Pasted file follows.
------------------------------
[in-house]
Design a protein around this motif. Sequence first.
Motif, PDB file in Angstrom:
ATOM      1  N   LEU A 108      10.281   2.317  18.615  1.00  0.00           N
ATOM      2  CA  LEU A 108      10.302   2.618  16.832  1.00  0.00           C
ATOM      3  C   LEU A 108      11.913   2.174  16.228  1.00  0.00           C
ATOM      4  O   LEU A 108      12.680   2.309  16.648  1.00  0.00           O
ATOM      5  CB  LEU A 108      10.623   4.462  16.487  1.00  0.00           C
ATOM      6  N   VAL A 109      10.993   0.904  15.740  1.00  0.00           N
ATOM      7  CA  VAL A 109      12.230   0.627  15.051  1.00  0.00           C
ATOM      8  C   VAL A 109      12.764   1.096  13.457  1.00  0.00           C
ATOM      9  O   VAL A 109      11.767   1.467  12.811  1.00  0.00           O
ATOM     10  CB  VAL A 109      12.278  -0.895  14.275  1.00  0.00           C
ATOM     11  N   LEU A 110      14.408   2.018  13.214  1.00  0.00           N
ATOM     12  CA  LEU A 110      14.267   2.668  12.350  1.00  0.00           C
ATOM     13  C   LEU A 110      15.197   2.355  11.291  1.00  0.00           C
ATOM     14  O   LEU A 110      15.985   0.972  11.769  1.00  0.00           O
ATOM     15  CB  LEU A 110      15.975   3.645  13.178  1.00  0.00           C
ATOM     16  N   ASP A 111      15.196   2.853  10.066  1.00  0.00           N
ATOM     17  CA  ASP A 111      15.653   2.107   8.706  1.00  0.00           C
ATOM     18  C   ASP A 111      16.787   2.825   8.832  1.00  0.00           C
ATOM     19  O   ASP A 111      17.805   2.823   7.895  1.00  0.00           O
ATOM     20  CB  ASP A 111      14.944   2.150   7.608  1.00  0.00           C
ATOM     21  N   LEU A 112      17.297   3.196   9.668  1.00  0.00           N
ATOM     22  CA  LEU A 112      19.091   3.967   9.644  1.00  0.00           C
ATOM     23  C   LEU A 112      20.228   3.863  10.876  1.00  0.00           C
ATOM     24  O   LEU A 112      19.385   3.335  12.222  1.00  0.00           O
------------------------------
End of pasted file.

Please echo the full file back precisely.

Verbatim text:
[in-house]
Design a protein around this motif. Sequence first.
Motif, PDB file in Angstrom:
ATOM      1  N   LEU A 108      10.281   2.317  18.615  1.00  0.00           N
ATOM      2  CA  LEU A 108      10.302   2.618  16.832  1.00  0.00           C
ATOM      3  C   LEU A 108      11.913   2.174  16.228  1.00  0.00           C
ATOM      4  O   LEU A 108      12.680   2.309  16.648  1.00  0.00           O
ATOM      5  CB  LEU A 108      10.623   4.462  16.487  1.00  0.00           C
ATOM      6  N   VAL A 109      10.993   0.904  15.740  1.00  0.00           N
ATOM      7  CA  VAL A 109      12.230   0.627  15.051  1.00  0.00           C
ATOM      8  C   VAL A 109      12.764   1.096  13.457  1.00  0.00           C
ATOM      9  O   VAL A 109      11.767   1.467  12.811  1.00  0.00           O
ATOM     10  CB  VAL A 109      12.278  -0.895  14.275  1.00  0.00           C
ATOM     11  N   LEU A 110      14.408   2.018  13.214  1.00  0.00           N
ATOM     12  CA  LEU A 110      14.267   2.668  12.350  1.00  0.00           C
ATOM     13  C   LEU A 110      15.197   2.355  11.291  1.00  0.00           C
ATOM     14  O   LEU A 110      15.985   0.972  11.769  1.00  0.00           O
ATOM     15  CB  LEU A 110      15.975   3.645  13.178  1.00  0.00           C
ATOM     16  N   ASP A 111      15.196   2.853  10.066  1.00  0.00           N
ATOM     17  CA  ASP A 111      15.653   2.107   8.706  1.00  0.00           C
ATOM     18  C   ASP A 111      16.787   2.825   8.832  1.00  0.00           C
ATOM     19  O   ASP A 111      17.805   2.823   7.895  1.00  0.00           O
ATOM     20  CB  ASP A 111      14.944   2.150   7.608  1.00  0.00           C
ATOM     21  N   LEU A 112      17.297   3.196   9.668  1.00  0.00           N
ATOM     22  CA  LEU A 112      19.091   3.967   9.644  1.00  0.00           C
ATOM     23  C   LEU A 112      20.228   3.863  10.876  1.00  0.00           C
ATOM     24  O   LEU A 112      19.385   3.335  12.222  1.00  0.00           O